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Title: Methylchloroisothiazolinone  
Author: World Heritage Encyclopedia
Language: English
Subject: Preservative, Food preservation
Publisher: World Heritage Encyclopedia


CAS number  YesY
ChemSpider  YesY
Jmol-3D images Image 1
Molecular formula C4H4ClNOS
Molar mass 149.60 g mol−1
Appearance Colorless liquid
Density 1.02 g/cm³
Solubility in water Miscible
R-phrases R50/53
S-phrases (S2) S26 S28 S36/37/39 S45 S60 S61
Except where noted otherwise, data are given for materials in their standard state (at 25 °C (77 °F), 100 kPa)
 YesY   YesY/N?)

Methylchloroisothiazolinone (5-chloro-2-methyl-4-isothiazolin-3-one), also referred to as MCI, is a preservative with antibacterial and antifungal effects within the group of isothiazolinones. It is effective against gram-positive and gram-negative bacteria, yeast, and fungi.

Methylchloroisothiazolinone is found in many water-based personal care products and cosmetics.[1] Methylchloroisothiazolinone was first used in cosmetics in the 1970s. It is also used in glue production, detergents, paints, fuels, and other industrial processes. Methylchloroisothiazolinone is known by the registered tradename Kathon CG when used in combination with methylisothiazolinone.[2]

Methylchloroisothiazolinone may be used in combination with other preservatives including ethylparaben, benzalkonium chloride, or 2-bromo-2-nitropropane-1,3-diol.


In pure form or in high concentrations, methylchloroisothiazolinone is a skin and membrane irritant and causes chemical burns. In the United States, accepted concentrations are 15 ppm in rinse-offs and 8 ppm in other cosmetics.

The International Agency for Research on Cancer (IARC), does not currently list methylchloroisothiazolinone as a known, probable, or possible human carcinogen,[3] nor have in vivo tests found evidence of carcinogenic activity.

Allergic contact dermatitis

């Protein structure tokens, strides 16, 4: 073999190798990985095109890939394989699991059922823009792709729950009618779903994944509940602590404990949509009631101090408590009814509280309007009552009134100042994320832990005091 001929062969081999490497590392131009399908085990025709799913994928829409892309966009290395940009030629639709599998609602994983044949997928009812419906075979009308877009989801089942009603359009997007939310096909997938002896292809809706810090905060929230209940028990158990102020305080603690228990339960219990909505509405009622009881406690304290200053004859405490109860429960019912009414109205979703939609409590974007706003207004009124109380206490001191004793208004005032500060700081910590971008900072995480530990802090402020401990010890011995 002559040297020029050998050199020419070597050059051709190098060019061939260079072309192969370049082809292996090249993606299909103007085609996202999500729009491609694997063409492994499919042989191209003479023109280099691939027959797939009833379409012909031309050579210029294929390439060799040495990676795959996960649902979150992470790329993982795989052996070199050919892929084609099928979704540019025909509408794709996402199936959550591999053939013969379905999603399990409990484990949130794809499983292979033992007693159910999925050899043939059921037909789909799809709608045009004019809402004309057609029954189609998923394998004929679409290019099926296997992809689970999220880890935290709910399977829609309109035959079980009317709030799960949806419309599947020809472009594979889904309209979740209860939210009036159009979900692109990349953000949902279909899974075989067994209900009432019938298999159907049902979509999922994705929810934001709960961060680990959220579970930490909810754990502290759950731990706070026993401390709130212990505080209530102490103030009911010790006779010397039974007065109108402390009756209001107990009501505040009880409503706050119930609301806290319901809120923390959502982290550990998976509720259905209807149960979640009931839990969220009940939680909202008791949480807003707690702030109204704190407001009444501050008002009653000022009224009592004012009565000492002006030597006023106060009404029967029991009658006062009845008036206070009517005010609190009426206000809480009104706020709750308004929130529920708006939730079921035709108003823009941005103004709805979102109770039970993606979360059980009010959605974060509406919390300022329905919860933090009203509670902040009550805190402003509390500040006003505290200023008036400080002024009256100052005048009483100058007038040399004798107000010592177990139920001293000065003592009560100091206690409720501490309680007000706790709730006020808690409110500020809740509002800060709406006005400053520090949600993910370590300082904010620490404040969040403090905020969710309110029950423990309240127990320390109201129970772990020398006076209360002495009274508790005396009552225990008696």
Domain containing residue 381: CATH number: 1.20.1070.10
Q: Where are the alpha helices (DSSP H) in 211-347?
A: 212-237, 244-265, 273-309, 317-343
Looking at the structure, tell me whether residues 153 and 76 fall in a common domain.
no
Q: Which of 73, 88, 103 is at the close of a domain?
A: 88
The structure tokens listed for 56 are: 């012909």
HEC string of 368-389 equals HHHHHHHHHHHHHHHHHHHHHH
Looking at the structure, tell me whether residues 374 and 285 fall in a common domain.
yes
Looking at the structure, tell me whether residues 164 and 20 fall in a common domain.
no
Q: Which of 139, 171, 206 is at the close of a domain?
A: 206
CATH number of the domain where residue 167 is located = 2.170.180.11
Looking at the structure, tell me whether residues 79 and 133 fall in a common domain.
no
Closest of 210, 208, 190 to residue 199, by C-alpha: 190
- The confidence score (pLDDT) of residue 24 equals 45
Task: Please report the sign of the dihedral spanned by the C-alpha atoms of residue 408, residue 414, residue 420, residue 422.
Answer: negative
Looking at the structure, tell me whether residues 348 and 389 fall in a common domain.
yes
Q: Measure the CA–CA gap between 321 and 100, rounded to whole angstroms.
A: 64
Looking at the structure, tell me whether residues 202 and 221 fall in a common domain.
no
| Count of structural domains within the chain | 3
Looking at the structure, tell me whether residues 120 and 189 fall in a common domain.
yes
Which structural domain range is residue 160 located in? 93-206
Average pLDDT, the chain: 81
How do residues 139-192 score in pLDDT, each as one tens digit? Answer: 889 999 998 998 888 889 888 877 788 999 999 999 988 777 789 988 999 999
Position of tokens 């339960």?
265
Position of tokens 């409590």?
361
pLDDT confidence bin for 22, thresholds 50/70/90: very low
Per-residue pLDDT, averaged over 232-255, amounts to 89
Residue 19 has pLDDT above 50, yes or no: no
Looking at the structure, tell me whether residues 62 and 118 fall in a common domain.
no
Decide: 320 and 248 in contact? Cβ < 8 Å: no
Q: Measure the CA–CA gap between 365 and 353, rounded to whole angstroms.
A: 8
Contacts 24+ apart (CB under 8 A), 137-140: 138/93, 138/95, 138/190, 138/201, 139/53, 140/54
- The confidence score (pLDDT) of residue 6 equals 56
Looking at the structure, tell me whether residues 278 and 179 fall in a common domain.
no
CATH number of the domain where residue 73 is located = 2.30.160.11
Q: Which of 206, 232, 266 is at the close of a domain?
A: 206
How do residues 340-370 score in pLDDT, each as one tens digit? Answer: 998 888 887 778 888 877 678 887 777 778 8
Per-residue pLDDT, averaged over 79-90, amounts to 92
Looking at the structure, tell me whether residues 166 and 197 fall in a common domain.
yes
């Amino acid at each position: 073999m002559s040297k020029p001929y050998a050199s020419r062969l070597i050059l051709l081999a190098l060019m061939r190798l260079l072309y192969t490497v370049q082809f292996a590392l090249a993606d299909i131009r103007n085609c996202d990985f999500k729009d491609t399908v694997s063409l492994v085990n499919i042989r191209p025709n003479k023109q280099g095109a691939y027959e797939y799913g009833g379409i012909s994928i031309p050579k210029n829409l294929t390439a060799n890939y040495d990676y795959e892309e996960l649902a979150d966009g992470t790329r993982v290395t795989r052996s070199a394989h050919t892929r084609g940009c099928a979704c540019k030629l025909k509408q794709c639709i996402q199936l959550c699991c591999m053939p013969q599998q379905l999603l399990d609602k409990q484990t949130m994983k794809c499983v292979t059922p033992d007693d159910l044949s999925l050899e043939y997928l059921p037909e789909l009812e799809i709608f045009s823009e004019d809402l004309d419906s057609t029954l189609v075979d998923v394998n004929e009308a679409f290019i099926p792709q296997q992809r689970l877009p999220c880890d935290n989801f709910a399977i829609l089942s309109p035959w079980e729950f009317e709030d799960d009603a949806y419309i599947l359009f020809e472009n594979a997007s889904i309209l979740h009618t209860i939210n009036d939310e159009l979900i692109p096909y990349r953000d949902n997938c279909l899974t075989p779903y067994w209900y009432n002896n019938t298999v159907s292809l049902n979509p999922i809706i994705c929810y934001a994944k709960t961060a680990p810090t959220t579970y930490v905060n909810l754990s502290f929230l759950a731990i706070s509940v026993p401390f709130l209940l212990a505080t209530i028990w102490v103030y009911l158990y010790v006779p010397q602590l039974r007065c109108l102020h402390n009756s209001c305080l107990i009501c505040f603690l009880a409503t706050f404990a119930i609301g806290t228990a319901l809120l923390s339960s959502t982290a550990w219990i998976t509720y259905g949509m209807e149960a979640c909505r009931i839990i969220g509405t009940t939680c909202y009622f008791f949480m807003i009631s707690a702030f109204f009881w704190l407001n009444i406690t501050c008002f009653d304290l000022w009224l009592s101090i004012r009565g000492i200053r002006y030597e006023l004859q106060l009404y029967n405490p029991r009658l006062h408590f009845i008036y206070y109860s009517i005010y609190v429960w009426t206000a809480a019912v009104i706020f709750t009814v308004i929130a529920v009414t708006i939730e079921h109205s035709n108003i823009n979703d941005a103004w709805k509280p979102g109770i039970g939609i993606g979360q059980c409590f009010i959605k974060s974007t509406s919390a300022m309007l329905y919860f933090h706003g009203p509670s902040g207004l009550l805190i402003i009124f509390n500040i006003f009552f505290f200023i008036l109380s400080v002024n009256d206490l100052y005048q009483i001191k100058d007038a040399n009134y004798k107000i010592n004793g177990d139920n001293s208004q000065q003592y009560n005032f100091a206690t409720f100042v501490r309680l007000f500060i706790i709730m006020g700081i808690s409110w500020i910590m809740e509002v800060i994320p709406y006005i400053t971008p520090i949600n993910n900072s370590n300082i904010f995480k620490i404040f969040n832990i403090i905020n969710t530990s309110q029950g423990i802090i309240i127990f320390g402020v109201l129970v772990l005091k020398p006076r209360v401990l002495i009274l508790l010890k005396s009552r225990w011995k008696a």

Methylchloroisothiazolinone is an allergen and can cause severe skin reactions in some people. Since 2013 the use of the product particularly in cosmetics has received increased media coverage in the UK. In 2013 GP doctors asked cosmetics companies to remove it from products.[4] Some cosmetics with the MI in have been investigated by the BBC Watchdog programme.[5] The first publication of the preservative as a contact allergen was in 1988.[6] A common indication of an allergic reaction is eczema-like symptoms including redness and itching, and upon longer exposure also burning sensations and blisters on the part of the skin that is exposed to the allergen. Continued exposure can lead to high sensitization which will be triggered each time the individual comes in contact with the allergen due to the memory T-cells that will remain in the local skin area.


  1. ^ Reinhard et al. (2001). "Preservation of products with MCI/MI in Switzerland". Contact Dermatitis 45 (5): 257–264.  
  2. ^ Knudsen BB, Menne T (1990). "Kathon CG--a new contact sensitizing preservative". Ugeskr Laeger 152 (10): 656–657.  
  3. ^ "International Agency for Research on Cancer". IARC (updated November 2007). Retrieved 7 January 2008. 
  4. ^
  5. ^
  6. ^ De Groot, A. C.; Weyland, J. W. (1988). "Kathon CG: A review". Journal of the American Academy of Dermatology 18 (2 Pt 1): 350–358.  

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